Press play and read on. Tracklist at the end.

For my first post about Creeds ABC-Paramount, or Am-Par records period, I chose Patricia Scots Once Around The Clock. It is a masterpiece of easy listening jazz vocals. Most importantly though, when I reached out to Scot, now Patricia Yorton, I received an enthusiastic response from the singer herself, willing to do an interview.

It’s important for context, to understand the time and place the album was recorded, New York City, 1959. If you have watched any of the Amazon Studios’ Mrs. Maisel series, it’s right about then.

A then 30-year old Creed Taylor had recorded four albums with Chris Conner for Bethlehem including the iconic Lullaby of Birdland; Eydie Gorme had been signed as Am-Pars first artist, and by the time her album and single came out in September 1955, the company had changed to ABC-Paramount. In 1959, ABC-Paramount were still pumping out Gorme albums. Over at Verve, Taylors future boss, Norman Granz, had Anita O’Day as one of his star singers. A good stand-up, live, female singer was essential for a labels success. Creed needed his female vocalist.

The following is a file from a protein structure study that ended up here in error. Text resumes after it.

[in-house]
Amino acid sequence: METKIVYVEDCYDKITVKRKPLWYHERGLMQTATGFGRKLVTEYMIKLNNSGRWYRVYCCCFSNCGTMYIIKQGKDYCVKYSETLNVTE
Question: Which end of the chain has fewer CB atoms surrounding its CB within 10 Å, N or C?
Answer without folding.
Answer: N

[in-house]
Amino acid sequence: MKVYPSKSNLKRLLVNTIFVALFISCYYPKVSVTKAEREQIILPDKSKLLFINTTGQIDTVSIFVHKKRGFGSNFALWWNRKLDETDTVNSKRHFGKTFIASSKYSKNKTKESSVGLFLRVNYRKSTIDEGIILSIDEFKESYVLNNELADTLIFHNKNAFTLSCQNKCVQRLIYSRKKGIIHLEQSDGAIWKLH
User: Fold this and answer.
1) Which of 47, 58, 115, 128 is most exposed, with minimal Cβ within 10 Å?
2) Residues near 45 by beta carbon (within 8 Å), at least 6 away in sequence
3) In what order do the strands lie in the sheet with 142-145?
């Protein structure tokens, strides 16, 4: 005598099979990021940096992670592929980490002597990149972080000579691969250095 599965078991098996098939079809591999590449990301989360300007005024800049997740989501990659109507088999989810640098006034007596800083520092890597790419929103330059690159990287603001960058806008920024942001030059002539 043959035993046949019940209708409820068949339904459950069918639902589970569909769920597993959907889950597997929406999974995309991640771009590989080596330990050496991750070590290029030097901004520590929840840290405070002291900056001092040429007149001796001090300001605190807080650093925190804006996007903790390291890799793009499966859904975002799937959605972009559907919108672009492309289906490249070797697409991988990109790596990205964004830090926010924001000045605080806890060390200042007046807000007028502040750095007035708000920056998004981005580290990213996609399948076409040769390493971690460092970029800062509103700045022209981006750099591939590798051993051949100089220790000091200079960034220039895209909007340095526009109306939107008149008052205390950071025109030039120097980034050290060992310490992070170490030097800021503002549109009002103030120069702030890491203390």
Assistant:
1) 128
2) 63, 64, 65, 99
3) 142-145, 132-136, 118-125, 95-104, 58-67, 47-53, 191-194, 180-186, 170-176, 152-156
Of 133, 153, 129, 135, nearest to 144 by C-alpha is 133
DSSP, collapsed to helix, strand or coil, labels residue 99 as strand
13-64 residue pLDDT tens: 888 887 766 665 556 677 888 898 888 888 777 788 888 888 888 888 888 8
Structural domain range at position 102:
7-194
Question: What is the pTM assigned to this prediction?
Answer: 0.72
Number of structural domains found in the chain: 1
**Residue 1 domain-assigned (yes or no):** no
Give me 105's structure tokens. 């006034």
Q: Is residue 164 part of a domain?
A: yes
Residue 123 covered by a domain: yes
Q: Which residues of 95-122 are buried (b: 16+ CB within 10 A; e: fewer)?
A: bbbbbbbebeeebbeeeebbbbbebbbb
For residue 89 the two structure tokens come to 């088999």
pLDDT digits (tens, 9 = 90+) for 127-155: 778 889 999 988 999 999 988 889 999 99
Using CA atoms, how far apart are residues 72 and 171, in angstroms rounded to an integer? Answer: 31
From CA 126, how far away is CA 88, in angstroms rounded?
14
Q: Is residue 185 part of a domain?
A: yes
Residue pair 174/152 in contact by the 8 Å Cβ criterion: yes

By the time Scot arrived in NYC, she was an accomplished live performer, who’d just got off an award-winning, nightly slot on the “In Town Tonight” TV show in Chicago. She had also met and married, then comedy hot-shot, Mike Nichols. Mike was the reason Patricia had moved to New York. If you want more general info, I’ve updated her artist page at Discogs with a bio cribbed from her own website.

How Did The Album Come About?